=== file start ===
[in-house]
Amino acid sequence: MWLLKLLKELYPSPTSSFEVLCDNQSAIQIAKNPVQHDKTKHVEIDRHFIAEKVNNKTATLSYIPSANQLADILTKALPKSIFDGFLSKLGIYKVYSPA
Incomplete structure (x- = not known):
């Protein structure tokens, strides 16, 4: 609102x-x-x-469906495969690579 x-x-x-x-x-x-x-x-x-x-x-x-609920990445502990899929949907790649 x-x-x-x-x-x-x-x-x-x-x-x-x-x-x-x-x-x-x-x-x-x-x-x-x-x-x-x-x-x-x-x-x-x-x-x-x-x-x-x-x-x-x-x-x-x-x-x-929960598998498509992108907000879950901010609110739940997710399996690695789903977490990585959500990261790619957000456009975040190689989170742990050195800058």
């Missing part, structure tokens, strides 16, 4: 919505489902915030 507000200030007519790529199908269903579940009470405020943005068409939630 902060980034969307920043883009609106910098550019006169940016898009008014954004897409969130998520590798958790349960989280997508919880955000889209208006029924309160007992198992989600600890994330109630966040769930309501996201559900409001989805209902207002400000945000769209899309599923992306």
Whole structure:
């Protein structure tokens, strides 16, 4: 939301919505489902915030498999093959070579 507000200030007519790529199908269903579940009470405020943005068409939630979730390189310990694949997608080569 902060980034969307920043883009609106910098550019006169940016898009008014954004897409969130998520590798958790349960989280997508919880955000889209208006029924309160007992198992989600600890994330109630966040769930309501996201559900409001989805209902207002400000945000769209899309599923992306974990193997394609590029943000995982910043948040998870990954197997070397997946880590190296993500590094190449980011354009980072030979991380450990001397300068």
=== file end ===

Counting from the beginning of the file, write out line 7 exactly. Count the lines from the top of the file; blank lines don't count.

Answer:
């Protein structure tokens, strides 16, 4: 939301919505489902915030498999093959070579 507000200030007519790529199908269903579940009470405020943005068409939630979730390189310990694949997608080569 902060980034969307920043883009609106910098550019006169940016898009008014954004897409969130998520590798958790349960989280997508919880955000889209208006029924309160007992198992989600600890994330109630966040769930309501996201559900409001989805209902207002400000945000769209899309599923992306974990193997394609590029943000995982910043948040998870990954197997070397997946880590190296993500590094190449980011354009980072030979991380450990001397300068």